The first group of pilgrims left for the Amarnath Yatra in Jammu and Kashmir in the early hours of Wednesday, under heavy security cover.
Intelligence reports have warned about the threat of militants disrupting the Yatra, which has prompted the security agencies to put in place more stringent measures than ever before this year.
This has, however, done little to deter the enthusiasm of the devotees; more than two lakh pilgrims have registered for the annual pilgrimage to reach the 3,880 metre high cave shrine.
Amarnath Yatra Begins
Amarnath, a 3,880-metre high cave shrine, is a pilgrimage site in south Kashmir, where the Hindu deity Shiva appears in the form of an Ice Lingam. Every year, thousands of devotees trek through the daunting mountains to the Shri Amarnath Shrine.
The first batch of pilgrims left the base camp in Jammu’s Bhagwati Nagar at 4.40 am on Wednesday, with 971 travellers set out to go via the Baltal route. The second batch left at 5.40 am with 1,904 travellers, to go via the Pahalgam route.
All About The Amarnath Yatra
As the annual pilgrimage starts its journey, let’s look at what is so special about Amarnath.
The Amarnath Cave Temple, situated in a gorge of the Lidder valley, belongs to the Hindu deity, Shiva, whose abstract representation is the lingam. A stalagmite formed inside the cave from falling water droplets takes the shape of a lingam every year, which Hindus consider to be a representation of Shiva.
According to folklore, Shiva and his divine consort, Parvati, had retired to the cave where Shiva would then tell Parvati the secret behind life and immortality. It is for this reason that the Cave is considered so sacred in Hindu beliefs.
According to popular narrative, the Holy Cave was discovered by a shepherd named Buta Malik.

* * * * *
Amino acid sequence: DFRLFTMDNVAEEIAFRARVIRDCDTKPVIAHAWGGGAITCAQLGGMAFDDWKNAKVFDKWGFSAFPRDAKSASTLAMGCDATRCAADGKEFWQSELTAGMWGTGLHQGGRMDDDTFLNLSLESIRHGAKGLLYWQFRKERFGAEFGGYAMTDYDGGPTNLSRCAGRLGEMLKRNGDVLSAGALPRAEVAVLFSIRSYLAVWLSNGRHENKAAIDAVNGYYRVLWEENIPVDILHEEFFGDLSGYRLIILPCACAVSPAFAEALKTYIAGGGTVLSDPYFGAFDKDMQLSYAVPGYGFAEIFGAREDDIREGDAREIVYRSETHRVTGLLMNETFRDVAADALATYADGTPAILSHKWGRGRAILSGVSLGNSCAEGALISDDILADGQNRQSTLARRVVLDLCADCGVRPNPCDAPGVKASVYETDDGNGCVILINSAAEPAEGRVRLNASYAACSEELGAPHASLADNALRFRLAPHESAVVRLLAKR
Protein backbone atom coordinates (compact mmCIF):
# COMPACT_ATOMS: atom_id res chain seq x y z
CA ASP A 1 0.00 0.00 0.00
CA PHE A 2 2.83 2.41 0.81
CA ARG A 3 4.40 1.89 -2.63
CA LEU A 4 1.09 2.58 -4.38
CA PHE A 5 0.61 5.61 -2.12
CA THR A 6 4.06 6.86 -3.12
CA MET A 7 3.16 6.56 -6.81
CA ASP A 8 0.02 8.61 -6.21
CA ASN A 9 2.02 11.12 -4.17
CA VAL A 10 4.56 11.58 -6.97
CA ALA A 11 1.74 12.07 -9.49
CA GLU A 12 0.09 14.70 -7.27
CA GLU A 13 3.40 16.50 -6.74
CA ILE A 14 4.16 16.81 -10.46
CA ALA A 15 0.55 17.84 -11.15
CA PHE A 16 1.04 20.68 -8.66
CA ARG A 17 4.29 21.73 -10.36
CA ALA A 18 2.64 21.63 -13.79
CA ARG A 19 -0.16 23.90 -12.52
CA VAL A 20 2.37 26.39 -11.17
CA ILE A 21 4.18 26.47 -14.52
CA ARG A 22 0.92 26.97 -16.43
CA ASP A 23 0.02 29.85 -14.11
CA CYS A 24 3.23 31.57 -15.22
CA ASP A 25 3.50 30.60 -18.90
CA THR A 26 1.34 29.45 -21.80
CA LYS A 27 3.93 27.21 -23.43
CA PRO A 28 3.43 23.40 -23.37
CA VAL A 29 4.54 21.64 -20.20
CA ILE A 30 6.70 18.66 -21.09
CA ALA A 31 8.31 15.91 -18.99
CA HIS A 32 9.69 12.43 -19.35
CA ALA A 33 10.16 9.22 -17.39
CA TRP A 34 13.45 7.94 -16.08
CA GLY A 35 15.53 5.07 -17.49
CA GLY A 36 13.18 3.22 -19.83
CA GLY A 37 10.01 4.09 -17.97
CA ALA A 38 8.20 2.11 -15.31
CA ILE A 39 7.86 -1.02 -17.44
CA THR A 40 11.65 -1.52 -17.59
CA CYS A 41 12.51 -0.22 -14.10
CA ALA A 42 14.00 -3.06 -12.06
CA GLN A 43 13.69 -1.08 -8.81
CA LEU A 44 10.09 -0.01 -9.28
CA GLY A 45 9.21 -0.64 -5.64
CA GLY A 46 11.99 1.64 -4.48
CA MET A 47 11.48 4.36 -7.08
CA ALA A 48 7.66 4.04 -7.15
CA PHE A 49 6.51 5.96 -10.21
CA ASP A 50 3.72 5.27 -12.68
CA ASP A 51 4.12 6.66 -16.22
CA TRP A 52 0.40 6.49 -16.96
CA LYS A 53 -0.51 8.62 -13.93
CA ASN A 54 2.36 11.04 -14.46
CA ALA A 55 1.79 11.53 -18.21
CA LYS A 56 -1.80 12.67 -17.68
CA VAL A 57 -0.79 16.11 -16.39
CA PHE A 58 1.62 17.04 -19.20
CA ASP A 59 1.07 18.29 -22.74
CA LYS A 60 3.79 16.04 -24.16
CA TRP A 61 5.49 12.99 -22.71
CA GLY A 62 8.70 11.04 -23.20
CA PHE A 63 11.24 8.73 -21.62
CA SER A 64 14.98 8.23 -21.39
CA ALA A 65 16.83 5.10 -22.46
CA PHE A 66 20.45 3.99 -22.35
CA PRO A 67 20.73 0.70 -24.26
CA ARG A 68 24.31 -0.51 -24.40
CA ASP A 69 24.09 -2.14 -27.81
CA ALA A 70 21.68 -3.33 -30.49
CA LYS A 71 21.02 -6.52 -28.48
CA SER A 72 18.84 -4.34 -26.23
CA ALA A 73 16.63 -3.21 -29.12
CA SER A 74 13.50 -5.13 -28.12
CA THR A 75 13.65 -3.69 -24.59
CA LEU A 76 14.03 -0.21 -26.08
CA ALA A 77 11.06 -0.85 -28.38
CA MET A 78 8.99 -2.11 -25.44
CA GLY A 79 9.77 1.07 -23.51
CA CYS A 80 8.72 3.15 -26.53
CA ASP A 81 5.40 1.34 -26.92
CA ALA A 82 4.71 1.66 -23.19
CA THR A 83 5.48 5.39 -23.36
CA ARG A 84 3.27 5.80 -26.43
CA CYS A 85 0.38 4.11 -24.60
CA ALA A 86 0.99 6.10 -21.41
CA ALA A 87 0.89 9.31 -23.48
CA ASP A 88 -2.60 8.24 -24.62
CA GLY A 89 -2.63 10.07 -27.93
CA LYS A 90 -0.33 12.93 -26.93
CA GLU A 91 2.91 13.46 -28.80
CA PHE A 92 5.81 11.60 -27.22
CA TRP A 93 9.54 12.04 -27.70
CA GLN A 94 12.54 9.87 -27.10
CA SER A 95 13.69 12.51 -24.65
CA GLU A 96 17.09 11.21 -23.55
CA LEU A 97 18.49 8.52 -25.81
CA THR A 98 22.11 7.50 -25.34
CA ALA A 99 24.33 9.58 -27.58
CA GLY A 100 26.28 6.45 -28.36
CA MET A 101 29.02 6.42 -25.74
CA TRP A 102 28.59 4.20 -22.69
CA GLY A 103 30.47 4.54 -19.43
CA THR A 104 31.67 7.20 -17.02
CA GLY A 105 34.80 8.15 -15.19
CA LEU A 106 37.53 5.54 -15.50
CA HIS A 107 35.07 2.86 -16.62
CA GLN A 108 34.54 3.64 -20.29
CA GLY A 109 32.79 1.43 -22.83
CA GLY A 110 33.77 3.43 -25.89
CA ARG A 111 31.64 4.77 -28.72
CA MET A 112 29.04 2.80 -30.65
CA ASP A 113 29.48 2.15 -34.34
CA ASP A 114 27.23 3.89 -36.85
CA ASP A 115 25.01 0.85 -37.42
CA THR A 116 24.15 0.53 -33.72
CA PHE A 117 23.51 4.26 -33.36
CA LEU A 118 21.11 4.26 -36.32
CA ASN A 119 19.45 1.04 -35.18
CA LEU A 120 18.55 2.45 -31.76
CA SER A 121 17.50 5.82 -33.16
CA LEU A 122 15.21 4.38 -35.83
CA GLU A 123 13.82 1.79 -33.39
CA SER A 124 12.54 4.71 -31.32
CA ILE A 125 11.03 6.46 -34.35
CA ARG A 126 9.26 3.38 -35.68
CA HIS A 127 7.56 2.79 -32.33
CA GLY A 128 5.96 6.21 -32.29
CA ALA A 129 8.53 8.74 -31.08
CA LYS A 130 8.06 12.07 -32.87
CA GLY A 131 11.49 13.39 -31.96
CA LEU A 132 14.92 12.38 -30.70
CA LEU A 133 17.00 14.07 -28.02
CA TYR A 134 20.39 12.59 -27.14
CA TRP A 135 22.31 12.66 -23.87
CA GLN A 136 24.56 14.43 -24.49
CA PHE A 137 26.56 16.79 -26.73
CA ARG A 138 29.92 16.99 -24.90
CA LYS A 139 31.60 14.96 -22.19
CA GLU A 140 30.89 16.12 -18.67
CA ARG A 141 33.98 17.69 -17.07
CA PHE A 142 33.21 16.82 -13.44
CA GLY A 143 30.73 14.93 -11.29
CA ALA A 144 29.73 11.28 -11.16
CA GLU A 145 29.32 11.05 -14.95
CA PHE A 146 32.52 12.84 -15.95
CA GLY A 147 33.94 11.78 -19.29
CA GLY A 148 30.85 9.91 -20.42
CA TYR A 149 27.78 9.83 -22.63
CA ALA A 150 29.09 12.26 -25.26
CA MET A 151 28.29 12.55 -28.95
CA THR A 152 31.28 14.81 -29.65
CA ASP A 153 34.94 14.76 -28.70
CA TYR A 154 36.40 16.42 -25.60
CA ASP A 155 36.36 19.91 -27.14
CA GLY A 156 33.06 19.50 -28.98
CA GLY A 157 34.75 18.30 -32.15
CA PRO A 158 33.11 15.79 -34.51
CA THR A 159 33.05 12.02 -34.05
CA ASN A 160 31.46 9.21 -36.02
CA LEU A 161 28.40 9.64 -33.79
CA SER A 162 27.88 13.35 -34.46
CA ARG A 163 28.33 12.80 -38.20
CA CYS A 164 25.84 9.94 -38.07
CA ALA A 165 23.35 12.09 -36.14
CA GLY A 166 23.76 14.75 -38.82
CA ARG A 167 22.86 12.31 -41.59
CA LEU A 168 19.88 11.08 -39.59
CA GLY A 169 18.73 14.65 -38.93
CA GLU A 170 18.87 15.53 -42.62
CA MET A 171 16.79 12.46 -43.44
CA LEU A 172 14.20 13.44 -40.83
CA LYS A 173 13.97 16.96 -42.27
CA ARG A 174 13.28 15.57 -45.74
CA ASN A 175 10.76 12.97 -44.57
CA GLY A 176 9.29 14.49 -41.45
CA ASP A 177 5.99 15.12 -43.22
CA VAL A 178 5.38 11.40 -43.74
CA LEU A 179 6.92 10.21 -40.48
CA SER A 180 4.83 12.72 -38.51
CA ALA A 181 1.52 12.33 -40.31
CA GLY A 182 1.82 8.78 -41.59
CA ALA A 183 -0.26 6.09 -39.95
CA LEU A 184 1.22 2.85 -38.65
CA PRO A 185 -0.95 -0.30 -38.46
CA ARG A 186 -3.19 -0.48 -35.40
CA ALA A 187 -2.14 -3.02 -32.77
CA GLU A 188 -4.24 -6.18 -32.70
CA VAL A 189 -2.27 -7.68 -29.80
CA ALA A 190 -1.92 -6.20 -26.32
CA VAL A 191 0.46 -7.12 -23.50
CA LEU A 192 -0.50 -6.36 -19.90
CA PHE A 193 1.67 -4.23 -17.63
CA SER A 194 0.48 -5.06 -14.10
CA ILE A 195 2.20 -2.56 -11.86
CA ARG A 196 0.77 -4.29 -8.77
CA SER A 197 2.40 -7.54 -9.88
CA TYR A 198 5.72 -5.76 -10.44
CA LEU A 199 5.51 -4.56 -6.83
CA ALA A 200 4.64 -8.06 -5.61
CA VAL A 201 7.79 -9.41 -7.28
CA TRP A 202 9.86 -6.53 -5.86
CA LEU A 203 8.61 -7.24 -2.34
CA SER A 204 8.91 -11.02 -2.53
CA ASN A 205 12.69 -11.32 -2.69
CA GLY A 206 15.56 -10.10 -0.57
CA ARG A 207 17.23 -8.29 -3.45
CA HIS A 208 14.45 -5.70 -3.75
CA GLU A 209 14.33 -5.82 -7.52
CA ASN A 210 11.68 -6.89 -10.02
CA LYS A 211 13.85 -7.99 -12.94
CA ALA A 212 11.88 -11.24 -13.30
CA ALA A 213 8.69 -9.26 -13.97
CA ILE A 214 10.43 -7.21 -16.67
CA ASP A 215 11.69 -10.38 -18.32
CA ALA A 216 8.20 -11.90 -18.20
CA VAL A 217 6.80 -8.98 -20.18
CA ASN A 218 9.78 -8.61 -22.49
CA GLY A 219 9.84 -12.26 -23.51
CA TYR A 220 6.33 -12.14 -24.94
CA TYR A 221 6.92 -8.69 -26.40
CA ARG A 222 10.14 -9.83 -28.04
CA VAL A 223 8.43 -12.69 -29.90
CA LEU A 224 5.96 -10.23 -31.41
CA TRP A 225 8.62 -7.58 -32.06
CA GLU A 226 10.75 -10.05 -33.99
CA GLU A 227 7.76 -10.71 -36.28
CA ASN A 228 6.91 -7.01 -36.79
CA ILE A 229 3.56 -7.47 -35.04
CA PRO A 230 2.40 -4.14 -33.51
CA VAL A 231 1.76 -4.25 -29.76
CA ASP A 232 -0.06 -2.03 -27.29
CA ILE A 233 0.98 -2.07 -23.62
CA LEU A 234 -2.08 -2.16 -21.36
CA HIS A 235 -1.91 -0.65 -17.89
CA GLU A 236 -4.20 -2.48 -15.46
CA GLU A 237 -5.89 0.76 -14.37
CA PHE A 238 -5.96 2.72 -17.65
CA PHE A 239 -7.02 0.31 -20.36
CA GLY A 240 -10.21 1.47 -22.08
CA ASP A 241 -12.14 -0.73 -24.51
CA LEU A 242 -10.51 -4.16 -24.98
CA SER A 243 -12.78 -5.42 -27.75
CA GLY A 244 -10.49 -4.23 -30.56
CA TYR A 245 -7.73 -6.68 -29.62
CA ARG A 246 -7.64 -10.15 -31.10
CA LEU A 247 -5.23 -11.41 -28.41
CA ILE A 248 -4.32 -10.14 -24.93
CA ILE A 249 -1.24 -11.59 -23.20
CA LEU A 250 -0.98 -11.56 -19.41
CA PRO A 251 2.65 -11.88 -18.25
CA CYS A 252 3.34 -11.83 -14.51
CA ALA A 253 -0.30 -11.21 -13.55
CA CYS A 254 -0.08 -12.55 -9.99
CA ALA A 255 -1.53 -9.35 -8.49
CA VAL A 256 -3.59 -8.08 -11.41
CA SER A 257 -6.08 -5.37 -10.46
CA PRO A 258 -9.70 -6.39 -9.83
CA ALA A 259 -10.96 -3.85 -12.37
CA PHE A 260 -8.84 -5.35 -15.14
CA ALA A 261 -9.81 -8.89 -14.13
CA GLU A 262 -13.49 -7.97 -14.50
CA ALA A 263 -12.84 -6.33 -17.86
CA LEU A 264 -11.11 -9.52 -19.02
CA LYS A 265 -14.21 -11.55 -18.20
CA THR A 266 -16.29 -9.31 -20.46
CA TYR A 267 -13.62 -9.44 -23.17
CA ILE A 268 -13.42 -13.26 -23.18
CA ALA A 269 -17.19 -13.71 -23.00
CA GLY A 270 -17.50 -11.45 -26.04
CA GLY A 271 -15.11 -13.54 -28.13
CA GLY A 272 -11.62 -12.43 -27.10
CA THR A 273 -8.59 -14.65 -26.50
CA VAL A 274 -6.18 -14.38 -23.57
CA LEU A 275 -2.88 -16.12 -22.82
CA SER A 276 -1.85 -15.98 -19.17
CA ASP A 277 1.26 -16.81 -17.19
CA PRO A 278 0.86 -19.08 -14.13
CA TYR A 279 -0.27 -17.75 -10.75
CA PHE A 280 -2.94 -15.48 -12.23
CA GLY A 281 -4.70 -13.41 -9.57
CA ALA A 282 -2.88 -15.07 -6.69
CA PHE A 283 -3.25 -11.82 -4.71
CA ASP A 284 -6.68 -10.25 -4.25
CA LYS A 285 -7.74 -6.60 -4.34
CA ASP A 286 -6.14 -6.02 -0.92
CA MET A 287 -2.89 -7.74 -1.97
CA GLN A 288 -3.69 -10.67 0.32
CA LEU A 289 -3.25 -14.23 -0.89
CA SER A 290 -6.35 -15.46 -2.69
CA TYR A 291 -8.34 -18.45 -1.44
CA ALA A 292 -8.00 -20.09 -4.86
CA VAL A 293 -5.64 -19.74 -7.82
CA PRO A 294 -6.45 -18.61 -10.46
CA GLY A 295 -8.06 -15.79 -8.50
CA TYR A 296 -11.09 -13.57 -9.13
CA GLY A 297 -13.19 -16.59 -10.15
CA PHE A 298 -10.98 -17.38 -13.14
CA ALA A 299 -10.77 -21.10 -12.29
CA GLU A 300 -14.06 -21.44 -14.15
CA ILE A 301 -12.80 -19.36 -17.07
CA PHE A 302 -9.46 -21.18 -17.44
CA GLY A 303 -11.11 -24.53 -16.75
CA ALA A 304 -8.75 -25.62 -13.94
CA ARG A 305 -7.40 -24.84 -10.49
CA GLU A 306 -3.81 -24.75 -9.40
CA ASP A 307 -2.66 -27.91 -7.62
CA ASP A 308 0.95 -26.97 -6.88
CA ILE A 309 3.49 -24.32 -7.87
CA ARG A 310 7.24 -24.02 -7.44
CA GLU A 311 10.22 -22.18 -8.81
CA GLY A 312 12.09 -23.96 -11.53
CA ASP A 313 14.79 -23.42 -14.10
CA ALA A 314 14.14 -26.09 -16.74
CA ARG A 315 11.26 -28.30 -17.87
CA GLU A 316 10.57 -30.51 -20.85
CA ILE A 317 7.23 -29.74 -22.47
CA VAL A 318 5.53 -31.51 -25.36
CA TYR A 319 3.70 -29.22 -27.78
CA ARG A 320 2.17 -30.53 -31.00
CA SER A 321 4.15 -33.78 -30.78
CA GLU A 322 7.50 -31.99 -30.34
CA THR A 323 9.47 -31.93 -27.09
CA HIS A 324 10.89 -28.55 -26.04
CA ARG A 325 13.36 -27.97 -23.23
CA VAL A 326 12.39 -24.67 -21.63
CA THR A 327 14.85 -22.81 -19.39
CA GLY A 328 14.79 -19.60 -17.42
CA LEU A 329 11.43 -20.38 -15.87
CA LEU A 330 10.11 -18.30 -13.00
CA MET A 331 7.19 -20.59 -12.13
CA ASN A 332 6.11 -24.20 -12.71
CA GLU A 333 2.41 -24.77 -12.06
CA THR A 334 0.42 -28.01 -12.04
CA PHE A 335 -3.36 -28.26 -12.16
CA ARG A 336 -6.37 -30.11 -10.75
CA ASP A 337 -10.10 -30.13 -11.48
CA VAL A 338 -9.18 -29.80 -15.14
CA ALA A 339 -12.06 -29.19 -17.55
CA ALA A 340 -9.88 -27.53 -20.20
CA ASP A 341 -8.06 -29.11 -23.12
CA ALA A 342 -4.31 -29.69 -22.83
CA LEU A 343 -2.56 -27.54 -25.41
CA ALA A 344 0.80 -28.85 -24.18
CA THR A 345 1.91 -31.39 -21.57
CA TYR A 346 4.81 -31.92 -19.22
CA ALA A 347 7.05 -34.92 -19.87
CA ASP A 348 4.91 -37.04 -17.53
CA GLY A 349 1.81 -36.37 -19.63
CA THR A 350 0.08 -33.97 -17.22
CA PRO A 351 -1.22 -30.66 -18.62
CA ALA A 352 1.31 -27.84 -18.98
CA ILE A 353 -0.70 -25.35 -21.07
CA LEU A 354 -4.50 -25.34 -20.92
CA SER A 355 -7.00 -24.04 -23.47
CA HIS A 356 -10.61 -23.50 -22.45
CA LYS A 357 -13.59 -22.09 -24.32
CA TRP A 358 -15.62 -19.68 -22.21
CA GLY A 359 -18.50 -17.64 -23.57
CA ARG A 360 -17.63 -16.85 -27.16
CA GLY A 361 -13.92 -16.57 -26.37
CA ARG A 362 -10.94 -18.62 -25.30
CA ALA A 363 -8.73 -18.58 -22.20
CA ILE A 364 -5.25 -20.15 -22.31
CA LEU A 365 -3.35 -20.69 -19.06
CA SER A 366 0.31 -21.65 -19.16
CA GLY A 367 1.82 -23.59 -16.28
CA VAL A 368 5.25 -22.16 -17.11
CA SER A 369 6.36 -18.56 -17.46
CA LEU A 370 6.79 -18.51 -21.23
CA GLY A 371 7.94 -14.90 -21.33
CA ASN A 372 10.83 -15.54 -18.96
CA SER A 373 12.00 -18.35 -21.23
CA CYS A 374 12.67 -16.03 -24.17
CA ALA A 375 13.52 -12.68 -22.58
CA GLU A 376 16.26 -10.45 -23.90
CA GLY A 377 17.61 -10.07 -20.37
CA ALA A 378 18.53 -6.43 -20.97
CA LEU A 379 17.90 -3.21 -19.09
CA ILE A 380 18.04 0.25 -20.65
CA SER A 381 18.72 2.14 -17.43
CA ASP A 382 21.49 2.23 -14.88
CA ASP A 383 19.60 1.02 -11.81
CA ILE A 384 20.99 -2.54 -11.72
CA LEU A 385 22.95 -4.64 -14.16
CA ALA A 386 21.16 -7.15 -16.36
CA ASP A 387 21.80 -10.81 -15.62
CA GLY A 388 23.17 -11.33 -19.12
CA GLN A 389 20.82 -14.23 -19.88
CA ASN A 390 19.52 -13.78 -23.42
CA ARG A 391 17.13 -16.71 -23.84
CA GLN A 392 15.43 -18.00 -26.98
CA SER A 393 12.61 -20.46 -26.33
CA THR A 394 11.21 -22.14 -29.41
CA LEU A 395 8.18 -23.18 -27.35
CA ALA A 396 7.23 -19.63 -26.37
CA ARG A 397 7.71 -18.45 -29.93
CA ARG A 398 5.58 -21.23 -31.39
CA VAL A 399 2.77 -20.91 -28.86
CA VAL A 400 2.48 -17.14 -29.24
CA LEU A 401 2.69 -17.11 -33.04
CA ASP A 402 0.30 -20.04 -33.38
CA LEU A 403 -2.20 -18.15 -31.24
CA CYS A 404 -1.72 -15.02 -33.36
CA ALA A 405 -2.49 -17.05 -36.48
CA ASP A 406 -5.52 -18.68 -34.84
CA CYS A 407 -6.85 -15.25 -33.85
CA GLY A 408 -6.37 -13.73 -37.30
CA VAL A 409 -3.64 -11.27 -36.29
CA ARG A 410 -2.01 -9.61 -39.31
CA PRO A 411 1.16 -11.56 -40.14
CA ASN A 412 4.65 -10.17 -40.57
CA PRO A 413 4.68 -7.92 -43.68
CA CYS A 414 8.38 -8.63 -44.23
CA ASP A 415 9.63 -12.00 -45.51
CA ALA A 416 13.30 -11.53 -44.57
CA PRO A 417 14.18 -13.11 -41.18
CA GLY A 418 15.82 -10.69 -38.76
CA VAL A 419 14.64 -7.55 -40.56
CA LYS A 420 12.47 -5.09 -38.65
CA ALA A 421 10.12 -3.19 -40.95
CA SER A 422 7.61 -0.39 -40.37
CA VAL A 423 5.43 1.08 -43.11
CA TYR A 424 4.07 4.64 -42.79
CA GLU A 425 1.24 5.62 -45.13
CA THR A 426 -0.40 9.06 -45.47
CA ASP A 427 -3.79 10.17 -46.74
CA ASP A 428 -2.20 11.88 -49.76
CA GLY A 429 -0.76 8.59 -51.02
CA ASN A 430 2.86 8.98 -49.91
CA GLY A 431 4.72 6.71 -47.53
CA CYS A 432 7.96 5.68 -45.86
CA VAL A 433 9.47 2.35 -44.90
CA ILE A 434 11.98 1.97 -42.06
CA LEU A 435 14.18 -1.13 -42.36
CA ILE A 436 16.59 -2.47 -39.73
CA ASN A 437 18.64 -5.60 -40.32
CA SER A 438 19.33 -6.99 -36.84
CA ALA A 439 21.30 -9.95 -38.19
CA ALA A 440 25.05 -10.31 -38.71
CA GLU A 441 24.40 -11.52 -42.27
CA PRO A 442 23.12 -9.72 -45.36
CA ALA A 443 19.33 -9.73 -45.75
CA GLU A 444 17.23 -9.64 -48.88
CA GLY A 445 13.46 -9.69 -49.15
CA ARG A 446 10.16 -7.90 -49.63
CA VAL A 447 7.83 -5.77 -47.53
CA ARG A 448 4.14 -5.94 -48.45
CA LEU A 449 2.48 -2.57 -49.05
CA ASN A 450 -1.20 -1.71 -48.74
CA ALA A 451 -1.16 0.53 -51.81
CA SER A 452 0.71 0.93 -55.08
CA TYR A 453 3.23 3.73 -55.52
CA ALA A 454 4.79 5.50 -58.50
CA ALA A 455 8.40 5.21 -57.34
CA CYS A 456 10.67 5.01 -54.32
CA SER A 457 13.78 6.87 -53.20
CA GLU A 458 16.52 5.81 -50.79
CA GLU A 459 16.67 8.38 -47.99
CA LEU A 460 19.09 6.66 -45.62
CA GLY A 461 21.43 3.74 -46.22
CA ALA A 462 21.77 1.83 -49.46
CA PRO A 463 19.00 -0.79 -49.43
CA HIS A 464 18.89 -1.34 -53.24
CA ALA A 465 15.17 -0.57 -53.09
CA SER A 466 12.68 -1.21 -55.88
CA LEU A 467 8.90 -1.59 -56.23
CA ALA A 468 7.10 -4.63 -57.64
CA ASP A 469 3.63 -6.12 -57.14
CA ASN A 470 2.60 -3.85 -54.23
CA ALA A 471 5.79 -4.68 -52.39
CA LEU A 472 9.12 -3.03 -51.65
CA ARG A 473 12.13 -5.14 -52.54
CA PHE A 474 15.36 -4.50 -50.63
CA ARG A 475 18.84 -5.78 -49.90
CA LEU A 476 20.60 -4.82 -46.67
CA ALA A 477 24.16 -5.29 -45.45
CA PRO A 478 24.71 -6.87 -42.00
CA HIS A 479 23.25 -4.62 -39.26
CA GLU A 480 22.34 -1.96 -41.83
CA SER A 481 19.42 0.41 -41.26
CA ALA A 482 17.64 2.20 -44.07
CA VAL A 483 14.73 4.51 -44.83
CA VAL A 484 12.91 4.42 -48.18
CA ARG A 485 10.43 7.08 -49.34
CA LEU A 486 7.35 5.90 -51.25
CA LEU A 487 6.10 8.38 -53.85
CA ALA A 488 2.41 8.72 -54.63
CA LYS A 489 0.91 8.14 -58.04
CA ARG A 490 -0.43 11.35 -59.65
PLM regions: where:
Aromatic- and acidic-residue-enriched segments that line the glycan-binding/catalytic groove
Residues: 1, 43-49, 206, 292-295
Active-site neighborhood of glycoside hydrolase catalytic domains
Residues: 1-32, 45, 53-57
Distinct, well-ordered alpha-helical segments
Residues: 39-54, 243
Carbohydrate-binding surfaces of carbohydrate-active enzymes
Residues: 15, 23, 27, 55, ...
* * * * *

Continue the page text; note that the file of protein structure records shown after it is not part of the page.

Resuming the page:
The Amarnath Cave is covered in snow for most of the year. However, in the late summer months of June, July, and August, the ice melts enough for pilgrims to reach the Cave and pray to their God.
Every year, hundreds and thousands of Hindus trek the mountainous terrain to reach the Amarnath shrine. This voyage is usually organized by the Shri Amarnath Shrine Board, though there are many other vendors providing smaller services during the voyage.
There are two routes for the Amarnath Yatra, the Pahalgam route and the Baltal route. The route through Pahalgam is the longer one at 46 km, and goes through Chandanwari, Pissu Top, Sheshnag and Panchtarni.
The 14-km Baltal route goes through Domail and Barari. Helicopters are also available for hire to take pilgrims to the cave. Both Pahalgam and Baltal can be approached by road via Srinagar.
Security Blanket For Amarnath Yatra
This year there have been threats of militant attacks on the people who are taking up the journey. It is not uncharacteristic of the Yatra being threatened; having happened several times in 1990s, including the massacre of 2000 where Kashmiri separatists shot and killed unarmed civilians.
In response, the security has been tightened all over to allow for a safe journey. Defence Minister Nirmala Sitharaman and Chief of Army Staff General Bipin Rawat had recently reviewed the security arrangements at the Baltal Base Camp.
Moreover, cars have electromagnetic plates, and convoys made up of bulletproof cars and bikes will accompany the batches of pilgrims who leave from these base camps.
Though there are heavy security arrangements made, a Whatsapp audio clip has been unofficially circulated all over Srinagar. The speaker of the audio is allegedly Riyaz Naikoo, the commander of the militant group Hizbul-Mujahideen, who are Kashmiri Separatists.
According to this clip, the Hizbul-Mujahideen do not want to attack the pilgrims, who are guests in Kashmir. Their fight is with the Indian state and not its people.